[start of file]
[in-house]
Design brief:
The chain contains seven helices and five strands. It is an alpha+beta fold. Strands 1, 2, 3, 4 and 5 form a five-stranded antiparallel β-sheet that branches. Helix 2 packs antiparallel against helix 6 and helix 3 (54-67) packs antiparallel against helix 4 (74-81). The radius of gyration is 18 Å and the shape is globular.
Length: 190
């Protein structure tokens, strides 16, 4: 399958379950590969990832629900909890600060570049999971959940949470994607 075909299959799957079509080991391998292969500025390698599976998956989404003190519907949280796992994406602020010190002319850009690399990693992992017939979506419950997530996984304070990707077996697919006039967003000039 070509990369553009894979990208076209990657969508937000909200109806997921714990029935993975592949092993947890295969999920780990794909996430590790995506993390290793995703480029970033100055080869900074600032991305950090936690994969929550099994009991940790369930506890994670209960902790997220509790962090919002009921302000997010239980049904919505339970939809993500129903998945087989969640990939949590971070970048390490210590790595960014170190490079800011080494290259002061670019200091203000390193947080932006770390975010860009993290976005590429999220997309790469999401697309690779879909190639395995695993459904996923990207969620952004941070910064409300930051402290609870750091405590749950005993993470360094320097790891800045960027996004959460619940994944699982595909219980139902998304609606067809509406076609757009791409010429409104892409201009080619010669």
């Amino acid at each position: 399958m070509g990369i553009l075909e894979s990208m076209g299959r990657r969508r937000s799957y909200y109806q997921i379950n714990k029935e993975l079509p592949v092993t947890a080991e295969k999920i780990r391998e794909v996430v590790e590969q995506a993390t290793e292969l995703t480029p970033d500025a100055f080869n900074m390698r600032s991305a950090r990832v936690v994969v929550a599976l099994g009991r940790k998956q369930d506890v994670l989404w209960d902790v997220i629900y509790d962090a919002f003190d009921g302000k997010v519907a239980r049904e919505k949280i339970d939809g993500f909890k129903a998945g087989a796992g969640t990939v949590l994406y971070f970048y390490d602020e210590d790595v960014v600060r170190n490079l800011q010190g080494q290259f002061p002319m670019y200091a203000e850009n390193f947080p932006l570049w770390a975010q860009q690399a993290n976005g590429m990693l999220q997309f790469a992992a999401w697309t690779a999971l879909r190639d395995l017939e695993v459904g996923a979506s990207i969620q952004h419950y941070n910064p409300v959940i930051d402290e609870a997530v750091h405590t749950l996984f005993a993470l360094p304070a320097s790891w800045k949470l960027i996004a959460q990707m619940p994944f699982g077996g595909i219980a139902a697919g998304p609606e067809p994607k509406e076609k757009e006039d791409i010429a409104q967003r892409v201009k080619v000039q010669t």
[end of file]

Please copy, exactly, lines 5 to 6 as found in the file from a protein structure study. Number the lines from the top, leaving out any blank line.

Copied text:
């Protein structure tokens, strides 16, 4: 399958379950590969990832629900909890600060570049999971959940949470994607 075909299959799957079509080991391998292969500025390698599976998956989404003190519907949280796992994406602020010190002319850009690399990693992992017939979506419950997530996984304070990707077996697919006039967003000039 070509990369553009894979990208076209990657969508937000909200109806997921714990029935993975592949092993947890295969999920780990794909996430590790995506993390290793995703480029970033100055080869900074600032991305950090936690994969929550099994009991940790369930506890994670209960902790997220509790962090919002009921302000997010239980049904919505339970939809993500129903998945087989969640990939949590971070970048390490210590790595960014170190490079800011080494290259002061670019200091203000390193947080932006770390975010860009993290976005590429999220997309790469999401697309690779879909190639395995695993459904996923990207969620952004941070910064409300930051402290609870750091405590749950005993993470360094320097790891800045960027996004959460619940994944699982595909219980139902998304609606067809509406076609757009791409010429409104892409201009080619010669």
């Amino acid at each position: 399958m070509g990369i553009l075909e894979s990208m076209g299959r990657r969508r937000s799957y909200y109806q997921i379950n714990k029935e993975l079509p592949v092993t947890a080991e295969k999920i780990r391998e794909v996430v590790e590969q995506a993390t290793e292969l995703t480029p970033d500025a100055f080869n900074m390698r600032s991305a950090r990832v936690v994969v929550a599976l099994g009991r940790k998956q369930d506890v994670l989404w209960d902790v997220i629900y509790d962090a919002f003190d009921g302000k997010v519907a239980r049904e919505k949280i339970d939809g993500f909890k129903a998945g087989a796992g969640t990939v949590l994406y971070f970048y390490d602020e210590d790595v960014v600060r170190n490079l800011q010190g080494q290259f002061p002319m670019y200091a203000e850009n390193f947080p932006l570049w770390a975010q860009q690399a993290n976005g590429m990693l999220q997309f790469a992992a999401w697309t690779a999971l879909r190639d395995l017939e695993v459904g996923a979506s990207i969620q952004h419950y941070n910064p409300v959940i930051d402290e609870a997530v750091h405590t749950l996984f005993a993470l360094p304070a320097s790891w800045k949470l960027i996004a959460q990707m619940p994944f699982g077996g595909i219980a139902a697919g998304p609606e067809p994607k509406e076609k757009e006039d791409i010429a409104q967003r892409v201009k080619v000039q010669t």